Last spring when the first Senate hearings were held regarding AT&T’s pending purchase of T-Mobile USA, the folks at the Death Star repeatedly stated that they weren’t trying to eliminate competition because they don’t view the much smaller T-Mobile as competition. Unfortunately for T-Mobile, having to keep up that charade while AT&T fights the Justice Dept.’s attempt to block the deal could result in the loss of millions of customers.
Chad is a T-Mobile customer who used to be a Sidekick user. He also still is a Sidekick user, depending on which situation is more advantageous to T-Mobile. See, he signed a new contract and got a shiny new Sidekick last February. Earlier this year, that phone died and he bought an inexpensive Android phone to use while he waits out his contract. T-Mobile is ending Sidekick service soon, and has offered users still under contract the choice of leaving their contracts with no early termination fee, or switching to a different subsidized phone and sticking around. Chad is still under the original contract that he signed when he got his Sidekick last year, but at the same time is not under a Sidekick contract according to T-Mobile, so neither option is open to him.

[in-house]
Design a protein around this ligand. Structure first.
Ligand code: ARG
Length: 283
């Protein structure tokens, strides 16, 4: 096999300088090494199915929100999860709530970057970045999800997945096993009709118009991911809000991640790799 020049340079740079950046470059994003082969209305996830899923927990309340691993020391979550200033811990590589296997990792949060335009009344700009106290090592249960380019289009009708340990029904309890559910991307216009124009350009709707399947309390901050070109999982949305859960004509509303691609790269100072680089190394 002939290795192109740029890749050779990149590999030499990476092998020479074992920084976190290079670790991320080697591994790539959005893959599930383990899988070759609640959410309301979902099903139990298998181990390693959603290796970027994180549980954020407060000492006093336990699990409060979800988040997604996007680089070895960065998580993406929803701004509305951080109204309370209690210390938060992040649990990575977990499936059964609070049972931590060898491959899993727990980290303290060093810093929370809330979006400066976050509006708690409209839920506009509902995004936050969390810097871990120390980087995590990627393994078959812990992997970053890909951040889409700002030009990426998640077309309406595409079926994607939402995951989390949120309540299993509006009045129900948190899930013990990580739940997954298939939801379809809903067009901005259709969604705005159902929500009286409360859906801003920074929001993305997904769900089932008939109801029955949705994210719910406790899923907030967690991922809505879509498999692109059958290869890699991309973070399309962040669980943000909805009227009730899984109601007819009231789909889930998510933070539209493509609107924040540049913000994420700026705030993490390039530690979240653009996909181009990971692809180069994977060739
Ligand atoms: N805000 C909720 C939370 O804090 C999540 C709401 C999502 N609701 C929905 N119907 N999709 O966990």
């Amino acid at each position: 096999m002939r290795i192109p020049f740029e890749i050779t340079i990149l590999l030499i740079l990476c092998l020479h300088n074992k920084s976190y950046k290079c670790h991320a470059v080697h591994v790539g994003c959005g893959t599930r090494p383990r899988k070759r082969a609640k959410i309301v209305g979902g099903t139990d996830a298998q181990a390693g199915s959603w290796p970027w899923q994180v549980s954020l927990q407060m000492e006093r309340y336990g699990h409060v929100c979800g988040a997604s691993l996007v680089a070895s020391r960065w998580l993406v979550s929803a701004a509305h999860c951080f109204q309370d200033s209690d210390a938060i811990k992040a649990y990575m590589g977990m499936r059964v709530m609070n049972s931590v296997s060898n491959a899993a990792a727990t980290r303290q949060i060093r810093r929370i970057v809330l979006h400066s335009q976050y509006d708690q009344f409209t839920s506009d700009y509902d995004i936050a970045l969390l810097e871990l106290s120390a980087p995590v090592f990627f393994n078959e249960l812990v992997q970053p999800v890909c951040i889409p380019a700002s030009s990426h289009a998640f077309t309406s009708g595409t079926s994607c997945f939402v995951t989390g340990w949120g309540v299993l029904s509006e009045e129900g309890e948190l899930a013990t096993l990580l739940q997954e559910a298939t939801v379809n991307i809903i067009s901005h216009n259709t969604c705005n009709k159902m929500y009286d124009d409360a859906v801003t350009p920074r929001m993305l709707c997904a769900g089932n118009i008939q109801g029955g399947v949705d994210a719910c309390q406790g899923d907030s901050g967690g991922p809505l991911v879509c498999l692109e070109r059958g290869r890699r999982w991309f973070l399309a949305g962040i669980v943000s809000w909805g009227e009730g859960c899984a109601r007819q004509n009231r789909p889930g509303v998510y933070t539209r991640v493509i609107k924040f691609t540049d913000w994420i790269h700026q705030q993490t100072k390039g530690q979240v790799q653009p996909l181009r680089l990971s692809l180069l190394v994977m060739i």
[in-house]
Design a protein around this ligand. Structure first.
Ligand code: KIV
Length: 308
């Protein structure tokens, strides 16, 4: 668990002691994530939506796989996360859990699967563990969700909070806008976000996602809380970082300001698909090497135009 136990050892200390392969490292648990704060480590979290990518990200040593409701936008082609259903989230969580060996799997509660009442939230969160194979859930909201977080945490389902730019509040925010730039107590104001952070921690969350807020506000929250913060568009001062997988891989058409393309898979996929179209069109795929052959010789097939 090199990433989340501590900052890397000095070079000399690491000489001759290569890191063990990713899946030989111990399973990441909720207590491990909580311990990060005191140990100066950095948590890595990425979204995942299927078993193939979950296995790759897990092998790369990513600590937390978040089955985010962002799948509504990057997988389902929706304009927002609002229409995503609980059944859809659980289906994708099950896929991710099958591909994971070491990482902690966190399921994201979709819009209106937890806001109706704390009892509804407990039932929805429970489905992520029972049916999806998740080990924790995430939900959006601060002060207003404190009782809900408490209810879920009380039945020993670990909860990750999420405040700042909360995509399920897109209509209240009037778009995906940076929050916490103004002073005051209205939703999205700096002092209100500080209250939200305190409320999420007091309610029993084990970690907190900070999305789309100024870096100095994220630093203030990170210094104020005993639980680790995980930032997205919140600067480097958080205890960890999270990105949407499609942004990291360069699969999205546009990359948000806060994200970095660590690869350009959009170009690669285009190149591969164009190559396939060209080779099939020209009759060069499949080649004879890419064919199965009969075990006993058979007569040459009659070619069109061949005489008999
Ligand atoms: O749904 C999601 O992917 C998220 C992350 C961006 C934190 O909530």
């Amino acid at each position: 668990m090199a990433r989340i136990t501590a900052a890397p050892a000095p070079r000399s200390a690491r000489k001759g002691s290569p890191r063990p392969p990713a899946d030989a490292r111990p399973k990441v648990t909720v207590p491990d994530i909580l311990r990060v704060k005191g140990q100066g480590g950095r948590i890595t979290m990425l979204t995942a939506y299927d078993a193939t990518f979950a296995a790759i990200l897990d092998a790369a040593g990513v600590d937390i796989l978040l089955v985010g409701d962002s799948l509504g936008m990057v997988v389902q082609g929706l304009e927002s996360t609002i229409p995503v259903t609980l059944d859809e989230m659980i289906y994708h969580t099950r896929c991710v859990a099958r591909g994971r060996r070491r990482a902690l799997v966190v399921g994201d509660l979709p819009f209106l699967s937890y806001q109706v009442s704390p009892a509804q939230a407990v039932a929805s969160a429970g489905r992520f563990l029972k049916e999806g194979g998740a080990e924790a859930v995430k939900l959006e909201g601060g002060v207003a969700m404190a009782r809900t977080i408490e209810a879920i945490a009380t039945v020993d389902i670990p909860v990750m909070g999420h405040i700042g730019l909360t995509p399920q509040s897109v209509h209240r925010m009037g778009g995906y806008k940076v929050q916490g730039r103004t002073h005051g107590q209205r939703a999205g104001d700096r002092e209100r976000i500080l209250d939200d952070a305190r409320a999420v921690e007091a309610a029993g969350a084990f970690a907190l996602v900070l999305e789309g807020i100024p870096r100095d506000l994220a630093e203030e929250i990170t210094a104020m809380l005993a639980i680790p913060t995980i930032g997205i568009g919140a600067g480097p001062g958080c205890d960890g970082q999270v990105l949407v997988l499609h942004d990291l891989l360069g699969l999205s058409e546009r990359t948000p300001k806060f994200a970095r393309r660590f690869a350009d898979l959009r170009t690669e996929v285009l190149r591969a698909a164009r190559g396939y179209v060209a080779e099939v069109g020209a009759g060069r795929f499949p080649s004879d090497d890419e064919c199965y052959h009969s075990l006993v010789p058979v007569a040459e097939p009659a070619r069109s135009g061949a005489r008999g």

Think the arbitration clause in a contract is unfair? Go ahead and contest it! Of course, you shouldn’t expect to win, since the Supreme Court has just ruled that it’s just fine for the arbitrator to decide whether the clause is fair.
An interesting question was brought up over at the Consumer Law & Policy blog yesterday. There is a legal gray area when it comes to debt collectors and voice mail or answering machines. The Fair Debt Collection Practices Act was enacted in 1977, when answering machines were not in common use. According to Jeff Sovern, debt collectors reach a legal dilemma when faced with such a device.